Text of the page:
A startling report, released last week by the United Nations Office for Disaster Risk Reduction, has concluded that drought is at-risk of becoming “the next pandemic”, with no vaccine to cure it.
The report suggests that since 1998, approximately 1.5 billion people have suffered from the effects of droughts, with the land devastation, food insecurity and other subsequent factors leading to economic costs of around $124 billion.
Furthermore, the UN report suggests that like Covid-19, droughts affect all societies and economies – urban and rural – regardless of stages of development.
Blaming ‘human-induced’ climate change, the report concludes that drought frequency and severity have already increased in some, often already water-scarce, regions of the globe. It is also explained that drought impacts are predicted to worsen as global average temperatures hit 2oC higher than pre-industrial levels.
In the UK, a country often considered to be wet and rainy, it might be difficult to perceive droughts as a pressing issue.
However, with daily demand for water in England and Wales increasing steadily (expected to rise by 30% from 14 billion to 18 billion litres by 2050) and more persistent hot weather being experienced as a result of climate change, the UK is not immune from water scarcity.
The reduction of network leakage has been identified as a critical factor in achieving water sustainability and water companies are proactively delivering large-scale network monitoring projects in an effort to reduce leaks, which is a hugely complicated undertaking.
In the UK, water companies own over 346,455km of mains water pipes, which is enough to cover the equator 8.5 times over! Throughout this vast network, Water UK reports that 2,954 million litres of water is lost each day because of leakage.
Leak reduction is considered so critical that Ofwat has set water companies stretching performance commitments which, when achieved, will reduce leakage by 16% by 2025. To their credit, the UK water companies have committed to going further, aiming to deliver a 50% reduction in leakage by 2050.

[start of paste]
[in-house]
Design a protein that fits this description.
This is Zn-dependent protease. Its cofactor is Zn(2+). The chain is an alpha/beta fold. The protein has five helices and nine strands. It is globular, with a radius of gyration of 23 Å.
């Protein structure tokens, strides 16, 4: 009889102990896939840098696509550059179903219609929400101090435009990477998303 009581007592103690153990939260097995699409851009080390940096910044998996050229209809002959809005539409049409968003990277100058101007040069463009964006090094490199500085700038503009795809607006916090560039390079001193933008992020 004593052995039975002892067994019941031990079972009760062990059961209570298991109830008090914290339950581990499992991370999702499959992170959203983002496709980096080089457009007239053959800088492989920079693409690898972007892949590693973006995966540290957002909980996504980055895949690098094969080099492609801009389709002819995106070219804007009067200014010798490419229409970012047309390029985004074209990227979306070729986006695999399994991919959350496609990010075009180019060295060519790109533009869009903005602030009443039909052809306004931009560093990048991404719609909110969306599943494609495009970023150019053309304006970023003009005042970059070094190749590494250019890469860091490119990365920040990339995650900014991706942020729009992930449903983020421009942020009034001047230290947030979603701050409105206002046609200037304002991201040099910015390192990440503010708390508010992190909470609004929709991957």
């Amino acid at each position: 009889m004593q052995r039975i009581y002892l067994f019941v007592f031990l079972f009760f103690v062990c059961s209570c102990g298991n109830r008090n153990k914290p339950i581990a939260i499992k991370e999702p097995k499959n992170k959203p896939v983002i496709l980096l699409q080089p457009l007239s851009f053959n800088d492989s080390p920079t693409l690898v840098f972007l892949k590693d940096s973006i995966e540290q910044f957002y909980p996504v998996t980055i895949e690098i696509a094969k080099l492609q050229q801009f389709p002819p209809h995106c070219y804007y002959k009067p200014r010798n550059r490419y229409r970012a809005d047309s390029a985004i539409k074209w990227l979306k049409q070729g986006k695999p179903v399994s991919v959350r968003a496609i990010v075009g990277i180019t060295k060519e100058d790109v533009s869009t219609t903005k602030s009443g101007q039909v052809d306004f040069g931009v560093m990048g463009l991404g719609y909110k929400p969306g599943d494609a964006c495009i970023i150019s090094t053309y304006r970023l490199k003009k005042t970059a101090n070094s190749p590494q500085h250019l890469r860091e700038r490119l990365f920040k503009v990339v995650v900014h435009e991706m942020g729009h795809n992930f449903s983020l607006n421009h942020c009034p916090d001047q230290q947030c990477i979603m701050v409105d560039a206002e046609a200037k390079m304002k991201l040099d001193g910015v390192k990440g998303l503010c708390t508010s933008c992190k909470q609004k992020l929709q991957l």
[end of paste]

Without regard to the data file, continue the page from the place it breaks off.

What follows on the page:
However, approximately 90% of all leaks never show at ground level, and as such, water companies are investing in the deployment of advanced technological solutions including acoustic noise loggers, correlators and ground microphones to discover them.
United Utilities, for example, is committed to installing an acoustic leak noise logger along every quarter mile of its network and is investing in up to 100,000 PermaNET devices to achieve this. It is United Utilities intention to reduce leakage by 20% by 2025, exceeding the Ofwat target, with this mass deployment set to be the catalyst.
Further north, Yorkshire Water has also invested heavily in PermaNET devices in ongoing attempts to save millions of litres of water. Aiming to install around 40,000 devices, Yorkshire Water is using acoustic leak noise monitoring to cover the areas of its network that is most prone to leaks.
With ambitious targets in mind, water companies are continuing to invest heavily in leak detection solutions, such as PermaNET, to proactively monitor their network.
Developments in technology has significantly improved the accuracy and efficiency of leak detection, which in turn reduces cost, disruption to customers and most importantly, water loss.
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